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www.reference.com/article/compound-interest-calculators-8df49889cda1ea4a

Many financial and government websites have compound interest calculators, such as Bankrate.com and Investor.gov. In addition, some mathematics-oriented websites also have compound interest calculators to illustrate particular uses of calculus in business, explains The ...

www.reference.com/article/formula-calculating-compound-interest-771d3c009afd6704

One formula for calculating yearly compound interest is M=P(1+i)n. "M" represents the final amount with the principal and interest combined, "P" represents the principal amount, "i" represents the interest rate, and "n" is the number of years invested.

www.reference.com/article/calculate-interest-7bc34049e9ec9997

To calculate interest, multiply the periodic interest rate by the principle amount. For example, if you borrowed $1000 with an interest rate of 10 percent, in a year your interest paid is $100.

www.reference.com/article/definition-compound-interest-477dbe3b497b26be

Compound interest is a financial term used to describe the process where the interest earned on a principal investment over a set period of time is added to the principal amount. The interest payable for the following periods is recalculated on the sum of the original i...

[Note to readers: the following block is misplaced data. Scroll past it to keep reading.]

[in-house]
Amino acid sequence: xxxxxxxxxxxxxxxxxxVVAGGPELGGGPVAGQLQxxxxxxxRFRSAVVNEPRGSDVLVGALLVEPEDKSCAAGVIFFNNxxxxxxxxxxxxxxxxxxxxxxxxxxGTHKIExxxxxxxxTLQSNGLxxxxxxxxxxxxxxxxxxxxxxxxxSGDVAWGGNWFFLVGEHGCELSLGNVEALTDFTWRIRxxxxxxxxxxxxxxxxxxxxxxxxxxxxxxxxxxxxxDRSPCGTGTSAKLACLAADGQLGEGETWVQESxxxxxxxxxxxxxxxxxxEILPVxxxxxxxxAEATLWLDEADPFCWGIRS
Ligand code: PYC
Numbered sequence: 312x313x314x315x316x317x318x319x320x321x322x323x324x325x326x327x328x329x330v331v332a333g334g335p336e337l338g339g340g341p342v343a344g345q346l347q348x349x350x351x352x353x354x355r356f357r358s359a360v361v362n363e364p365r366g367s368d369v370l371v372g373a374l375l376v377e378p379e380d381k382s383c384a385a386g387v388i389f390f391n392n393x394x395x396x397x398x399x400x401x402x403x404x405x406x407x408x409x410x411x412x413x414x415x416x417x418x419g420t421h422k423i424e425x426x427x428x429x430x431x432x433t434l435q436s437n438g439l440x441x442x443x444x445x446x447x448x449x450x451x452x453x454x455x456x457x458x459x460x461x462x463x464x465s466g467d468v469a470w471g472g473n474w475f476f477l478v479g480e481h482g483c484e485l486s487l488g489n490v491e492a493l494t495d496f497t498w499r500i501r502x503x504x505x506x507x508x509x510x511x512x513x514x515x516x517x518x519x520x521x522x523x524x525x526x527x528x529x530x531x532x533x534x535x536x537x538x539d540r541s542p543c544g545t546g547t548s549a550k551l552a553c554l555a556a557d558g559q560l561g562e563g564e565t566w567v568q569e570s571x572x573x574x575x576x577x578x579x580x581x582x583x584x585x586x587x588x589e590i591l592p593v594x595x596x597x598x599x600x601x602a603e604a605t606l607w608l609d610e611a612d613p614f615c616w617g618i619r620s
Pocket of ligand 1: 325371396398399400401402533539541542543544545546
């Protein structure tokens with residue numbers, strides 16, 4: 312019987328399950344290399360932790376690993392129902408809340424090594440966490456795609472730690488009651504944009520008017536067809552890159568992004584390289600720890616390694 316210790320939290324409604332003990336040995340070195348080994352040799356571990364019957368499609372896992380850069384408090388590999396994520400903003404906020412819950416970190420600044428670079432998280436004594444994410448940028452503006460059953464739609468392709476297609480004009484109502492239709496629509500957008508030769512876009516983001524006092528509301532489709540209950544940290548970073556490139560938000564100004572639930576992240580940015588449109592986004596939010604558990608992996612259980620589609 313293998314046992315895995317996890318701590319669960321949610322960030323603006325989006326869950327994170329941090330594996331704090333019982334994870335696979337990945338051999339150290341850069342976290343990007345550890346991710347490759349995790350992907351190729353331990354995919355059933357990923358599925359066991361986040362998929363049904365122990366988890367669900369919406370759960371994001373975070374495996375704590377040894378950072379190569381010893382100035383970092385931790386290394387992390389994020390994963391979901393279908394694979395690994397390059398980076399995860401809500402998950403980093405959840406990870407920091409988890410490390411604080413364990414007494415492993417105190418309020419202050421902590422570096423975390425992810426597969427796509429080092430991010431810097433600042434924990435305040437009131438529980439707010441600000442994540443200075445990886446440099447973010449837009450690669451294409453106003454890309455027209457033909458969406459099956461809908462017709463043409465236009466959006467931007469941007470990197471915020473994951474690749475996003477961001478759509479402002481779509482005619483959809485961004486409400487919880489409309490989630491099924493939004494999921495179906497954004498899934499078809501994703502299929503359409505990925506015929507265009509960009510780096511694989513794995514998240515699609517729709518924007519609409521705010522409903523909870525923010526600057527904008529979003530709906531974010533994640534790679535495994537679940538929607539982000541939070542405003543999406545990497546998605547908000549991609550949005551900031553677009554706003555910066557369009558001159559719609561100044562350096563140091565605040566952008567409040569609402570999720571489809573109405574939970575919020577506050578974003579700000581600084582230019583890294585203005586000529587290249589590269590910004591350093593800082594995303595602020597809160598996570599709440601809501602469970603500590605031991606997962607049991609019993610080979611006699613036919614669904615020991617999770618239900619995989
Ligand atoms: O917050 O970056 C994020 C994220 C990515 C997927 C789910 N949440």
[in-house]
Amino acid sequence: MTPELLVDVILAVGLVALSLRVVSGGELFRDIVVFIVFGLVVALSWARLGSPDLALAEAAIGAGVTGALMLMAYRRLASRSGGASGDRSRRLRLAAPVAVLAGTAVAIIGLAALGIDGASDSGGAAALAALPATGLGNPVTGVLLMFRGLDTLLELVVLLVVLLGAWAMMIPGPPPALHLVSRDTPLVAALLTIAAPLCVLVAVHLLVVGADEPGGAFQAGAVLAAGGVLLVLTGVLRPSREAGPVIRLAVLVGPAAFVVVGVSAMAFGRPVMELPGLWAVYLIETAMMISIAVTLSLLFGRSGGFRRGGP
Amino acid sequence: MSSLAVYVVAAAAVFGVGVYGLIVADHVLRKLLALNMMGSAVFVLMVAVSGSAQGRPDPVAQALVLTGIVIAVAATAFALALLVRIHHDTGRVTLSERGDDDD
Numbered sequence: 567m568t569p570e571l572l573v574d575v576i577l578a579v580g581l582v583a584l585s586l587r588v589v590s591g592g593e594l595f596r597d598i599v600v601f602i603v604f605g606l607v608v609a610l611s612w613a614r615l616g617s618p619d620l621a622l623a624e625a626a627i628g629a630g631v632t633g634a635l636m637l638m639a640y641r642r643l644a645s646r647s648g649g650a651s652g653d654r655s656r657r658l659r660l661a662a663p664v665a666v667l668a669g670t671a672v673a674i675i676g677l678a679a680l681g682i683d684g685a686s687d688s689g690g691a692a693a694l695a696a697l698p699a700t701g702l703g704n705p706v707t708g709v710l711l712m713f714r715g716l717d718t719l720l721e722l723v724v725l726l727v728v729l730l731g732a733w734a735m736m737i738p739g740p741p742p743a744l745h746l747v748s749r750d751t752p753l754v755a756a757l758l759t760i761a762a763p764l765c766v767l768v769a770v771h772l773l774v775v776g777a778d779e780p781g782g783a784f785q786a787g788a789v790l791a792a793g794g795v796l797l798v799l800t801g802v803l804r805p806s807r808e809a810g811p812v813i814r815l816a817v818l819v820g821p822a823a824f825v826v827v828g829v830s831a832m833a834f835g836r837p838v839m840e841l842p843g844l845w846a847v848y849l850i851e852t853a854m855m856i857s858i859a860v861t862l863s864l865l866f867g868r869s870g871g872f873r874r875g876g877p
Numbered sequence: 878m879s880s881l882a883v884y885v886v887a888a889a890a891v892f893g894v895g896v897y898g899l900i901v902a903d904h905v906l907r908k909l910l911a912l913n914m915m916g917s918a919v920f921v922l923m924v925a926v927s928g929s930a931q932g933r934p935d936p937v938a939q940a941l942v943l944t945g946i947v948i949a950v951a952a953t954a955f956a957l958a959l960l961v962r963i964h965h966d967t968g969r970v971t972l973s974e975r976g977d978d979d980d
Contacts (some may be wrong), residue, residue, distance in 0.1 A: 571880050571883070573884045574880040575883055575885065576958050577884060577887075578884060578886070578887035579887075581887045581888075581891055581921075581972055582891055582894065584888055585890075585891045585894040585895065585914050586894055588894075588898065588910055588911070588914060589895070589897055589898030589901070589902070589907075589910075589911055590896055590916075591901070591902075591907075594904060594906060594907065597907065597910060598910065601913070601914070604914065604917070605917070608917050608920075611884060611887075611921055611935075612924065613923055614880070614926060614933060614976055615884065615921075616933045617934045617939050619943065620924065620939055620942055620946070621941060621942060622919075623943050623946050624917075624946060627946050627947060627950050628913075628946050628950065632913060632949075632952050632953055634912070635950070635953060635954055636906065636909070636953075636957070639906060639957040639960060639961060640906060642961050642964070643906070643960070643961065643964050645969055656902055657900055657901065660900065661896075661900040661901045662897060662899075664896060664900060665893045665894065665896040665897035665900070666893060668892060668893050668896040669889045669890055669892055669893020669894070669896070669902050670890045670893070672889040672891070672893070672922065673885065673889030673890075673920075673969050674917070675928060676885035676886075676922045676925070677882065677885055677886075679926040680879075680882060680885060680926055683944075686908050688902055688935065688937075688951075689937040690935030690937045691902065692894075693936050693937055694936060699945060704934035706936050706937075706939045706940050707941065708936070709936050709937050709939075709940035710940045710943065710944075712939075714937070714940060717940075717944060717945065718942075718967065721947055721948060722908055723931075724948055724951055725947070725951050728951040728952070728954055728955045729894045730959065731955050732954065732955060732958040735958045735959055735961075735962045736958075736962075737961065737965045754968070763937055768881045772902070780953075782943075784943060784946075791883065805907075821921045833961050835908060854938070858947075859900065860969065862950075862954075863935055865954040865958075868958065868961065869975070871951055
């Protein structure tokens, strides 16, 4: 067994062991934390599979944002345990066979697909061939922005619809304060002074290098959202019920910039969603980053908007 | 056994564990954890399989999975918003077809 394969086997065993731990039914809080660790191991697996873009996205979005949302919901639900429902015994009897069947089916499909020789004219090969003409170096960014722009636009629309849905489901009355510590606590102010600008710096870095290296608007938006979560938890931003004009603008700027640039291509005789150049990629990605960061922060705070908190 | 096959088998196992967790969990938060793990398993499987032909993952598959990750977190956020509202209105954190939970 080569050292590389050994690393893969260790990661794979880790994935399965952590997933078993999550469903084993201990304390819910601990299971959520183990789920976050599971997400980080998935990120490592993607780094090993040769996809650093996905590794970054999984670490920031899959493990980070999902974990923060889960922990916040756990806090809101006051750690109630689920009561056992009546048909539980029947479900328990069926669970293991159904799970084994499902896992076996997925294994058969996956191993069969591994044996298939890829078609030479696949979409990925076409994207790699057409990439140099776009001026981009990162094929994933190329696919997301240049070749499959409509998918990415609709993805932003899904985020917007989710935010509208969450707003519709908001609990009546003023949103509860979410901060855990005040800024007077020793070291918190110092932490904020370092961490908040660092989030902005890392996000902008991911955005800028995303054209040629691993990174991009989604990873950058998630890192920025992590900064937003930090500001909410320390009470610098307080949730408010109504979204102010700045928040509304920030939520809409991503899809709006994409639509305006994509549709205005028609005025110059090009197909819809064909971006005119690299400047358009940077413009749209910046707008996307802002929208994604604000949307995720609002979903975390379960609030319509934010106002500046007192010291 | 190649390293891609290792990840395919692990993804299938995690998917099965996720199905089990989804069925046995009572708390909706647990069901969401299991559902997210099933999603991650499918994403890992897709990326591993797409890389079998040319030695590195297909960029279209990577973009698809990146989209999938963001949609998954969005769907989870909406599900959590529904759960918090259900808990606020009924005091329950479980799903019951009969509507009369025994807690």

www.reference.com/article/tax-interest-calculator-68519412cb172aad

A tax interest calculator determines the amount of interest owed on taxes that are paid late, as seen on the New York State Department of Taxation and Finance website. Several state tax websites, including New York and Pennsylvania, provide tax interest calculators, as ...

www.reference.com/article/compound-98136e92c3918961

A compound refers to any substance that contains two or more elements that have been joined together chemically. All compounds are molecules; however, not all molecules are compounds. Molecules such as O2 or H2 are not considered compounds because they only contain a si...

www.reference.com/business-finance/difference-between-compound-simple-interest-3c5a1f605af72306

The difference between simple interest and compound interest is that simple interest builds only on the principal amount, while compound interest builds on both the principal and previously earned interest. Because of this, compound interest always yields greater profit...